This is the 3rd segment of our series of articles on education, racism and the performance gap.
It is incredibly difficult for a white person to understand what it is like to be black. Sadly, most white people are perfectly content to know as little as possible about such things. For others like my white daughter and son-in-law, who are parents of a black son, it is imperative that we understand as much as we possibly can.
My wife and I have three grandchildren. The eldest is a little girl who was adopted by that same daughter and son-in-law. She is of Mexican descent with beautiful, thick black hair, brown eyes, golden brown skin, and a smile that lights up the world. The second is a little boy whose skin is a beautiful, rich brown with eyes to match, who has his sister’s smile, and who came out of his birth mother’s womb with a natural Afro. Our youngest grandchild is the biological child of my youngest daughter and her husband. She is the palest of whites, bordering on pink, and her hair is as red as her father’s beard. She is also beautiful with a smile that is second to none.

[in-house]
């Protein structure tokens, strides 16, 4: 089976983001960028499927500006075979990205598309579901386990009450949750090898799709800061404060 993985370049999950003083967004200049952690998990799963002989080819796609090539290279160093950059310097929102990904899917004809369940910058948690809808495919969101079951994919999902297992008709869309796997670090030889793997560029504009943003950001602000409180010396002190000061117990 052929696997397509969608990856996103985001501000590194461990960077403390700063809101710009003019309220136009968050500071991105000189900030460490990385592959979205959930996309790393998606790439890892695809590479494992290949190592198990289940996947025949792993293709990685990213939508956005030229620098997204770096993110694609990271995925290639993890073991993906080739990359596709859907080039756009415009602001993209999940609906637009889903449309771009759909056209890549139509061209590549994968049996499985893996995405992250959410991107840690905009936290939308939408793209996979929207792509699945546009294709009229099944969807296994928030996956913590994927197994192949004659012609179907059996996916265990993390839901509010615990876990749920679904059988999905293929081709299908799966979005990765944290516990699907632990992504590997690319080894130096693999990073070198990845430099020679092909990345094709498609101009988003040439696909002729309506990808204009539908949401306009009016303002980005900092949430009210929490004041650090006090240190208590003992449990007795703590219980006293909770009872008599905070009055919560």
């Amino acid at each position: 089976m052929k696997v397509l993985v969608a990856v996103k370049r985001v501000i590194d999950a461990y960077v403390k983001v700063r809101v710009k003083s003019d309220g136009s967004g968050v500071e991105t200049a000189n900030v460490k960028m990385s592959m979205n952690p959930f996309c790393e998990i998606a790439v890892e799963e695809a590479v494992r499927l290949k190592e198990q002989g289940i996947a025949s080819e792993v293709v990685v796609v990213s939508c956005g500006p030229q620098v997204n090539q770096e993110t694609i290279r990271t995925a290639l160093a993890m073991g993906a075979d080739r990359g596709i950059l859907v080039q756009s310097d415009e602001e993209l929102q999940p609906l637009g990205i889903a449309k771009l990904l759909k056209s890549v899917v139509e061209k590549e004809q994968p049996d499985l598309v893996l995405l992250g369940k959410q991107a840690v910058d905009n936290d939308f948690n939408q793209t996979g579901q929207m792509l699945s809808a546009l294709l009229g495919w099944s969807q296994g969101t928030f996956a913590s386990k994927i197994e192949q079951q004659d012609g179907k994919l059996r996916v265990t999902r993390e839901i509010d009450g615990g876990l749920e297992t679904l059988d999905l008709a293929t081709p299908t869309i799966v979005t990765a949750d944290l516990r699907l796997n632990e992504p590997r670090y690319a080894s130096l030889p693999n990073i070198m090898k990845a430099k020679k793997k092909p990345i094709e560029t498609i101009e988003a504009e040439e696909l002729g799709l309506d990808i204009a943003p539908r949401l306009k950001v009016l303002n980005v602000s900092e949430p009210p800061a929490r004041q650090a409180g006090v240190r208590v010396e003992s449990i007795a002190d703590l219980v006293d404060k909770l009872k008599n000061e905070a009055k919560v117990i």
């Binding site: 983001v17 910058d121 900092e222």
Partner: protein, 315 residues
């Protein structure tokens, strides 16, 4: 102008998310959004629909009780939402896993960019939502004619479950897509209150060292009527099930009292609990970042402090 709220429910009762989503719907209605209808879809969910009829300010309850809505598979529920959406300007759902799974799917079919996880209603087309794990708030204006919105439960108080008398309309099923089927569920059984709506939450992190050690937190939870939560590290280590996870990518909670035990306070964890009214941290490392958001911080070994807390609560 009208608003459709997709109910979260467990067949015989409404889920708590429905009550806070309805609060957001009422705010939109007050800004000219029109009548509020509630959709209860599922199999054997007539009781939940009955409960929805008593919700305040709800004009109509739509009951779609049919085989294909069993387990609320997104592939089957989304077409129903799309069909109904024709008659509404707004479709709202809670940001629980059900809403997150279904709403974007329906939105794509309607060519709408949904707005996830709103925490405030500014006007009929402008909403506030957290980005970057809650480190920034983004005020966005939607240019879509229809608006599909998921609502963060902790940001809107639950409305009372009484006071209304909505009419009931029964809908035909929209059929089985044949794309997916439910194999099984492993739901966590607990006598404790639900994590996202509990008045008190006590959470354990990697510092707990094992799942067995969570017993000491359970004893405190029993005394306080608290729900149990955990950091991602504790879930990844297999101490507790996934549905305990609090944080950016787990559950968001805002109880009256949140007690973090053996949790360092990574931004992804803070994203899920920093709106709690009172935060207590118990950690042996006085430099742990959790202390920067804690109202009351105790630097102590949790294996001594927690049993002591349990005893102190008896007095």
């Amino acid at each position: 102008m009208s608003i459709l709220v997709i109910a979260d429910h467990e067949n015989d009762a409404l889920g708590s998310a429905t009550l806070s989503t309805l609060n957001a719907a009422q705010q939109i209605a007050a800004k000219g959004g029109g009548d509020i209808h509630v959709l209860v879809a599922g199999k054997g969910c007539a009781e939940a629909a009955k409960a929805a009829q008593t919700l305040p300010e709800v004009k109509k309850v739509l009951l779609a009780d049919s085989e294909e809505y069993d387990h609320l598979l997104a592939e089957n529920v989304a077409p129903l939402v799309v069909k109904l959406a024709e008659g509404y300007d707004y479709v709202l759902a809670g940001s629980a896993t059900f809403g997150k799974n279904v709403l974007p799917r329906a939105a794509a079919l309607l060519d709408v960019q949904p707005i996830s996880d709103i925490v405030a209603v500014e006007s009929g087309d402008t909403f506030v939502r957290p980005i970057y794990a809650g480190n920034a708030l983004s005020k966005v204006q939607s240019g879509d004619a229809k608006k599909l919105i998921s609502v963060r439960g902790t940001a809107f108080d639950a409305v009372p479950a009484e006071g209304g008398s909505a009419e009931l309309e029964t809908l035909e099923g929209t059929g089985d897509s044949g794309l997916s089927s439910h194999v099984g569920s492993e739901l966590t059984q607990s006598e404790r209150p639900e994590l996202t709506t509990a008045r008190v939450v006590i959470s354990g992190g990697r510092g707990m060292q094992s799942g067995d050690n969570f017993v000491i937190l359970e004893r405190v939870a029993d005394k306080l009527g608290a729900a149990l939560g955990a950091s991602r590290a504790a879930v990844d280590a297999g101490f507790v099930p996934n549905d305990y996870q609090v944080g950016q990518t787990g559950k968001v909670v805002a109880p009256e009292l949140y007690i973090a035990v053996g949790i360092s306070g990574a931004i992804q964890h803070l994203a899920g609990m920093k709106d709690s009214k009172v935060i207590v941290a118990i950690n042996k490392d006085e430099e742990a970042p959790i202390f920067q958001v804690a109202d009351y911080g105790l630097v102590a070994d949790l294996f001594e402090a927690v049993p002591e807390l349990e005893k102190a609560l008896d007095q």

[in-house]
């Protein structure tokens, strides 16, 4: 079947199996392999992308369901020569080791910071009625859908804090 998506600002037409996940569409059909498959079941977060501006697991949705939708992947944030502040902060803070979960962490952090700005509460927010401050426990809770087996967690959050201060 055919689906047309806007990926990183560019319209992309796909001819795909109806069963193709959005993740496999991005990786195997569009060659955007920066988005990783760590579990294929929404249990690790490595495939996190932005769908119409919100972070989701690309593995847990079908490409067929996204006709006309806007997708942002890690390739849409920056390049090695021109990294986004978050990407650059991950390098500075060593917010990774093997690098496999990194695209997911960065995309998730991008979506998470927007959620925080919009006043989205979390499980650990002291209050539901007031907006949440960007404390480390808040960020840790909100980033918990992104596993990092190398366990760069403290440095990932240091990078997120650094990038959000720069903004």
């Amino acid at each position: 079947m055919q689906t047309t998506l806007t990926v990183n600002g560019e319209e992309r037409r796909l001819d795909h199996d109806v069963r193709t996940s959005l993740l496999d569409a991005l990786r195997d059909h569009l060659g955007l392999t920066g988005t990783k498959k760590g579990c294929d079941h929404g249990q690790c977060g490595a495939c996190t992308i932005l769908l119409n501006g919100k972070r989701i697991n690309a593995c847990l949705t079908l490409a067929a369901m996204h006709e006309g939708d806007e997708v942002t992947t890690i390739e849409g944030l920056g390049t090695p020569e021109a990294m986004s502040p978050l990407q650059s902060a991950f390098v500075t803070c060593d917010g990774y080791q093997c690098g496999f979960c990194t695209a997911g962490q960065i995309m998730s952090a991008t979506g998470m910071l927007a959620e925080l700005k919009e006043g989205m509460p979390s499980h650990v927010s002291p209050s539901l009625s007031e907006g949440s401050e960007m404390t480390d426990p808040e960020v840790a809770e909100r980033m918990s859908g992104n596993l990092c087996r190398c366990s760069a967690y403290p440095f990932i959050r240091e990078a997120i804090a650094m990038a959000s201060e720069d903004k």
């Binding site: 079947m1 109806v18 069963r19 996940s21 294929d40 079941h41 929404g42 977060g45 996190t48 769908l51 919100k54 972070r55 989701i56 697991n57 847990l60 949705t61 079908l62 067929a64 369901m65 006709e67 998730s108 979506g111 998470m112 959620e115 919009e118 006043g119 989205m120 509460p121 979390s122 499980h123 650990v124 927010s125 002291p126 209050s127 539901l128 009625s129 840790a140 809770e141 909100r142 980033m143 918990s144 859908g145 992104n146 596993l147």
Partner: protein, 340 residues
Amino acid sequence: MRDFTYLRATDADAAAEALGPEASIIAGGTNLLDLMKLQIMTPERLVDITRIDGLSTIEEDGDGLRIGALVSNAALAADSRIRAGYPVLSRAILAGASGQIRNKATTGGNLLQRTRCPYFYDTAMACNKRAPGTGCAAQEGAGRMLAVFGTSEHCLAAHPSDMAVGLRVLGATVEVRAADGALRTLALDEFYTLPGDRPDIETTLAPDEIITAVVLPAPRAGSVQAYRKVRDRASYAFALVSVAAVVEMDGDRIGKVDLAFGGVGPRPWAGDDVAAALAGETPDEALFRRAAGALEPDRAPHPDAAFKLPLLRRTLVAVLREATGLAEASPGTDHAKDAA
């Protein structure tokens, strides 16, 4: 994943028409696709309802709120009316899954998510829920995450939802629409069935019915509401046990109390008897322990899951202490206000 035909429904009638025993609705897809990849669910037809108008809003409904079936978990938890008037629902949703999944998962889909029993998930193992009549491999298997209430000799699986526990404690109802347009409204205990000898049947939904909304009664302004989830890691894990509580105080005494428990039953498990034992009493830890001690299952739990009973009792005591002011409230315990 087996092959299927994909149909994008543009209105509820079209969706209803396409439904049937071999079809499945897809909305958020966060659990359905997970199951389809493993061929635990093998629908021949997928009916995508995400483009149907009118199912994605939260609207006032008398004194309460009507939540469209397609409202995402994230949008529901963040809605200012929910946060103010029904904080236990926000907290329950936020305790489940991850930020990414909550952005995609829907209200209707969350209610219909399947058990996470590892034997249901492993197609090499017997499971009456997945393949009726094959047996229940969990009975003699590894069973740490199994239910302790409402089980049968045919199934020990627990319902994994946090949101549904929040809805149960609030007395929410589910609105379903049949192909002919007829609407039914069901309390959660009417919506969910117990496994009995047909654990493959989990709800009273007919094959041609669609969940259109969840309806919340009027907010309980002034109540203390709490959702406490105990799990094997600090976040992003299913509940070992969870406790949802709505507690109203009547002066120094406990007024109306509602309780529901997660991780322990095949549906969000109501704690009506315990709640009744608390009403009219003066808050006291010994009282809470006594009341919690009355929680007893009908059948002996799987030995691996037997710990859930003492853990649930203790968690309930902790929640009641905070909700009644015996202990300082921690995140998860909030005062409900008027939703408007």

These children represent our family’s beautiful rainbow and, like all grandparents, we love them so much that it hurts.
When our daughter announced that they were adopting a black infant we knew he would face challenges but we did not yet grasp the whole of it. From the events in Ferguson, Baltimore, and elsewhere we have become painfully aware of the dangers our sweet and beautiful little boy will face; not because of anything he has done but only because of the way the color of his skin will affect the attitudes of a huge population of Americans.